Easing Back to School Anxiety

Back to School Anxiety

As summer break winds down, there are a few things you can do to get the school year off to a good start. Most children are naturally excited and nervous to begin a new year. Here are some things you can do to help them ease back to school anxiety and feel more confident about heading back to school.

#1. Visit the School Before the Semester Starts

If you’ve ever heard of the term “desensitization,” which is used to cure phobias, the same concept can work for conquering back-to-school anxiety. By taking your kids to the school beforehand, their brains will learn that nothing bad happens and will stop releasing stress hormones. Even if the school is closed over the summer, take your kids to the playground so they become familiar with their future environment. This will also empower them when they can show other kids around a place they’ve already been to.

#2. Attend Any Orientations or “Meet the Teacher” Events

If you have the opportunity to meet your child’s teacher before school starts, do it! By removing a big unknown like “Who is my teacher? What is he or she like?,” your child will be more at ease on the first day. Even if your kid isn’t sure if his friends will be in the same class, at least he’ll know his teacher. And since class isn’t in session, you’ll likely get a little more personal attention and get to ask the teacher questions in a less formal environment.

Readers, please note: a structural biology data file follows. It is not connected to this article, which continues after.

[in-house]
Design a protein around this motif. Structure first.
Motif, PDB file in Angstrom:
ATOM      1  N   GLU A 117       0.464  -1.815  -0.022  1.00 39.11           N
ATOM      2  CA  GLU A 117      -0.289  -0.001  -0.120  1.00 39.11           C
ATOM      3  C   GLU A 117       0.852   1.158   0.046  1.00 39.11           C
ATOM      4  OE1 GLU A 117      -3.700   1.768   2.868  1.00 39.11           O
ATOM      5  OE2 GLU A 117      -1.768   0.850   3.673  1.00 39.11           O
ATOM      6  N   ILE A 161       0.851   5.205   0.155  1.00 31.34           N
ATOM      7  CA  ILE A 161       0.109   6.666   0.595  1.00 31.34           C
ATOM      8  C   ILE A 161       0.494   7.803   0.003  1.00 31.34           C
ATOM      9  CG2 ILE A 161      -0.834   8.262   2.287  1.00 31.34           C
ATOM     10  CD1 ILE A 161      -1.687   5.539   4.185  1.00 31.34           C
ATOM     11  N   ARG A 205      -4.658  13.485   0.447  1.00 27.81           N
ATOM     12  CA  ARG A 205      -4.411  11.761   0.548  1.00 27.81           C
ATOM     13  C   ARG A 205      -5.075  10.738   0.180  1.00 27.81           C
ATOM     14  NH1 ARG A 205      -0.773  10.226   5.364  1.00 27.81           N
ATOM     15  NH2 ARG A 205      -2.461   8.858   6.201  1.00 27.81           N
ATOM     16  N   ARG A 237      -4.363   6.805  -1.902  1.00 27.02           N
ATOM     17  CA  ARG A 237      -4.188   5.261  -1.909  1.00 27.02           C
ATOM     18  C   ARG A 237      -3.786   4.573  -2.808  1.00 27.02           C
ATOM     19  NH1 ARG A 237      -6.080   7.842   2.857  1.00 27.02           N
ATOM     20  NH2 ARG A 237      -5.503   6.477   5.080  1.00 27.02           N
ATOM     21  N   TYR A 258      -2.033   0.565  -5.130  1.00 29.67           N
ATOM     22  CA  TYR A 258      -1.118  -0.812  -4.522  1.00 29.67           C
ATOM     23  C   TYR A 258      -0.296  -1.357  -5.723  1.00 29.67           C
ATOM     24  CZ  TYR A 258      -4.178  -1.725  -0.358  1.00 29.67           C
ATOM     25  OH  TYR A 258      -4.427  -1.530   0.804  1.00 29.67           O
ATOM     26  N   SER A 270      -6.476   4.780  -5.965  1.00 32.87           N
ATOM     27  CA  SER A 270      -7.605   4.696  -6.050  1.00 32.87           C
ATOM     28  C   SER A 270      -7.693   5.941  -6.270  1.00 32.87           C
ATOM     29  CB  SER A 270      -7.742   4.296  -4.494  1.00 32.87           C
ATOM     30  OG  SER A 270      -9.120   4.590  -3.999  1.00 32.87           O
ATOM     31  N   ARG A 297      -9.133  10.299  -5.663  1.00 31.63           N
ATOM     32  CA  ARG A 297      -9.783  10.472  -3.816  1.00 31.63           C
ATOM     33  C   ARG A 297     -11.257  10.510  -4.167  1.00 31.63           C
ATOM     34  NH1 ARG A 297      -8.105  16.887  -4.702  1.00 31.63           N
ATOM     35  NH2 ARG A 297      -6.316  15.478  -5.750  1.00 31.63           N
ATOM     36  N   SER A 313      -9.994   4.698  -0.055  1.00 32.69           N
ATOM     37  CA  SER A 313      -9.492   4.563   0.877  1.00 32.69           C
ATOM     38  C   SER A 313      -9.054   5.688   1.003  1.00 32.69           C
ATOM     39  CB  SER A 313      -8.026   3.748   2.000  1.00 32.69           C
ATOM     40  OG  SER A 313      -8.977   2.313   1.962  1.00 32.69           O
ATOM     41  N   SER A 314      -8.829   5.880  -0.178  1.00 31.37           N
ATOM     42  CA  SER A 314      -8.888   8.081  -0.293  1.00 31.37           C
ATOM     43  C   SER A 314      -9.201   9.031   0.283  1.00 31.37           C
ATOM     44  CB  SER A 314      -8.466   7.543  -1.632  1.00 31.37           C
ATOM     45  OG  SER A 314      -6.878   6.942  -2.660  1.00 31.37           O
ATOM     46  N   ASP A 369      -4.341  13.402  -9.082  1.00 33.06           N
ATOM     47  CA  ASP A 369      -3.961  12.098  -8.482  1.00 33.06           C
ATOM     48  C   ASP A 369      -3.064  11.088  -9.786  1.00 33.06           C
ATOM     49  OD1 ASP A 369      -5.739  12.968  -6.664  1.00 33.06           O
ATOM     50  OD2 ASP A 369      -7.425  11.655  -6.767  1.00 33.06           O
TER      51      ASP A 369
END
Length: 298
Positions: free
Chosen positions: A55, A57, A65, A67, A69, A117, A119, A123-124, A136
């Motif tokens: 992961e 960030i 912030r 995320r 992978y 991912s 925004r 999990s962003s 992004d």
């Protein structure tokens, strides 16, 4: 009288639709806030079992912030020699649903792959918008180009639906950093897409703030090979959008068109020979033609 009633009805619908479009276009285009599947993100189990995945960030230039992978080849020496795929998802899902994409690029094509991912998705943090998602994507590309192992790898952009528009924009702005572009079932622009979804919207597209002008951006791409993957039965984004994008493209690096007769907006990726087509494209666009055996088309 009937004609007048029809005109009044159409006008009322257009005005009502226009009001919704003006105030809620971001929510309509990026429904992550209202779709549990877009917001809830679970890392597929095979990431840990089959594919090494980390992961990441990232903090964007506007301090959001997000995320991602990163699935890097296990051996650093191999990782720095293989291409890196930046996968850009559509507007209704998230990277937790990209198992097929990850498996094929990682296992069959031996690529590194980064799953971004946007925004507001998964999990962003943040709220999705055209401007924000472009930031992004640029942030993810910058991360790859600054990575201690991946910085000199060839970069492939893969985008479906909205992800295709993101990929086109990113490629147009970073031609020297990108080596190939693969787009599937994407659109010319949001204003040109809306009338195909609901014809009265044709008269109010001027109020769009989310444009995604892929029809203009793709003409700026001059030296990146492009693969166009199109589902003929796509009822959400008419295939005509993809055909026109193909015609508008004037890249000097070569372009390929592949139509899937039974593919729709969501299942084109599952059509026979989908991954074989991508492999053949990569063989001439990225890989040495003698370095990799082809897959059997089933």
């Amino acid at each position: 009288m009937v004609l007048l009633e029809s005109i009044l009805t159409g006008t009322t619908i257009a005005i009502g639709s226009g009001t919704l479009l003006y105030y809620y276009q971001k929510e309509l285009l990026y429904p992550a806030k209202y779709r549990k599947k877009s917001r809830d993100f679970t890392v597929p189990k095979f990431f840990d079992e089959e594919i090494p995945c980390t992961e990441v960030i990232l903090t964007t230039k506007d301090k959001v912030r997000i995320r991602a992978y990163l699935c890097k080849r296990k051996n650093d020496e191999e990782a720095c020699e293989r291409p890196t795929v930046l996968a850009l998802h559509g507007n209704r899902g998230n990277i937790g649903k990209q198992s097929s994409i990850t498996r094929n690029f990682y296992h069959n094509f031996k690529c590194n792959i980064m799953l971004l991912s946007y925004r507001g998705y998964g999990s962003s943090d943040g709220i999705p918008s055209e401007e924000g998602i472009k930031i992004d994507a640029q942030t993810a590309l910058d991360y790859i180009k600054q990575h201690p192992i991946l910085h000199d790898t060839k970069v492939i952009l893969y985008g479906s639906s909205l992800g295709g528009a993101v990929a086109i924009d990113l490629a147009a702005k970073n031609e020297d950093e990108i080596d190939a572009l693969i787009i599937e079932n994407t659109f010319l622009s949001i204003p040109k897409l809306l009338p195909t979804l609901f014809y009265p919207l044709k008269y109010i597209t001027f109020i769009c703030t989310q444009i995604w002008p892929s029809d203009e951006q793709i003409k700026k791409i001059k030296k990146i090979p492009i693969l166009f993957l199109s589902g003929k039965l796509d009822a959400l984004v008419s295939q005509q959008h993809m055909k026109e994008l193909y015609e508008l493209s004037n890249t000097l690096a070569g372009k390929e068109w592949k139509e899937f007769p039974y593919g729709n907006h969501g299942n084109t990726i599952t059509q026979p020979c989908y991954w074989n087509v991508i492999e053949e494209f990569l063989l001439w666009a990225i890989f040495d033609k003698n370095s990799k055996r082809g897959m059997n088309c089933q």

#3. Know What to Expect in Your Child’s New Grade and Discuss It

If you attend orientation, you’ll be equipped with information that helps your child feel more prepared for the first day of school. Where will they be dropped off on their first day? Do they go straight to their classroom? What is their schedule like? In some schools, fifth graders start rotating classrooms for different subjects. Talking to them about what to expect will alleviate a lot of their nervous energy.

#4. Arrive Early During the First Few Days of School

Ever notice how your child acts clingy, wants to go home, or refuses to participate whenever you arrive late to a birthday party, school, or other gathering? When you arrive after class or an event has started, your child has to deal with the anxiety and chaos of rushing to get there. They are also likely going to feel like they’ve missed out on instructions, announcements, and bonding with the group. So make it a point to be on time for the first week of school (and every day whenever possible).

Can’t think of any healthy lunches to make for the first week of school? See our blog about 5 superfoods that you can incorporate in your lunches to boost your child’s immune system. To join parenting discussions with other Longview community members, like Hospitality Health ER’s Facebook page.